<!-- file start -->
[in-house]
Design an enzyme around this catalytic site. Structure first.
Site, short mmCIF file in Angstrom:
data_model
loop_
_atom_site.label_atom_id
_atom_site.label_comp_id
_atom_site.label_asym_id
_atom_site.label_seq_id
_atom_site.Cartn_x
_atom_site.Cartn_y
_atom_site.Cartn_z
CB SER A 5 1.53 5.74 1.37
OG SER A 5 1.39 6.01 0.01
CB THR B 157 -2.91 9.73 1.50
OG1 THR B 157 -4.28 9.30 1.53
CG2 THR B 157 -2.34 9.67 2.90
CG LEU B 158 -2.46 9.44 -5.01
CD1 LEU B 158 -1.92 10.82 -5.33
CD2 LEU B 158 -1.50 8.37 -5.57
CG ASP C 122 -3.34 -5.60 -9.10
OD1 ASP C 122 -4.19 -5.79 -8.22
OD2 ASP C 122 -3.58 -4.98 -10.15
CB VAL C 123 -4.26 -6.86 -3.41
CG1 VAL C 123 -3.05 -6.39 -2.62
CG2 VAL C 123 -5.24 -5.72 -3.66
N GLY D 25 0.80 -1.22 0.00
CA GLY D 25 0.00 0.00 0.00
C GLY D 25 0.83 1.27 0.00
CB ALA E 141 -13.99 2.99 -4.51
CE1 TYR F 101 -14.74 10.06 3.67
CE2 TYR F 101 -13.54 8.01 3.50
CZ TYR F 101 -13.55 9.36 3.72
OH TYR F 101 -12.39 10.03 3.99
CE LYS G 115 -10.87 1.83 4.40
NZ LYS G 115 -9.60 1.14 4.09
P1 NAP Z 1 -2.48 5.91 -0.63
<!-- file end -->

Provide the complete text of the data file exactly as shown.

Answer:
[in-house]
Design an enzyme around this catalytic site. Structure first.
Site, short mmCIF file in Angstrom:
data_model
loop_
_atom_site.label_atom_id
_atom_site.label_comp_id
_atom_site.label_asym_id
_atom_site.label_seq_id
_atom_site.Cartn_x
_atom_site.Cartn_y
_atom_site.Cartn_z
CB SER A 5 1.53 5.74 1.37
OG SER A 5 1.39 6.01 0.01
CB THR B 157 -2.91 9.73 1.50
OG1 THR B 157 -4.28 9.30 1.53
CG2 THR B 157 -2.34 9.67 2.90
CG LEU B 158 -2.46 9.44 -5.01
CD1 LEU B 158 -1.92 10.82 -5.33
CD2 LEU B 158 -1.50 8.37 -5.57
CG ASP C 122 -3.34 -5.60 -9.10
OD1 ASP C 122 -4.19 -5.79 -8.22
OD2 ASP C 122 -3.58 -4.98 -10.15
CB VAL C 123 -4.26 -6.86 -3.41
CG1 VAL C 123 -3.05 -6.39 -2.62
CG2 VAL C 123 -5.24 -5.72 -3.66
N GLY D 25 0.80 -1.22 0.00
CA GLY D 25 0.00 0.00 0.00
C GLY D 25 0.83 1.27 0.00
CB ALA E 141 -13.99 2.99 -4.51
CE1 TYR F 101 -14.74 10.06 3.67
CE2 TYR F 101 -13.54 8.01 3.50
CZ TYR F 101 -13.55 9.36 3.72
OH TYR F 101 -12.39 10.03 3.99
CE LYS G 115 -10.87 1.83 4.40
NZ LYS G 115 -9.60 1.14 4.09
P1 NAP Z 1 -2.48 5.91 -0.63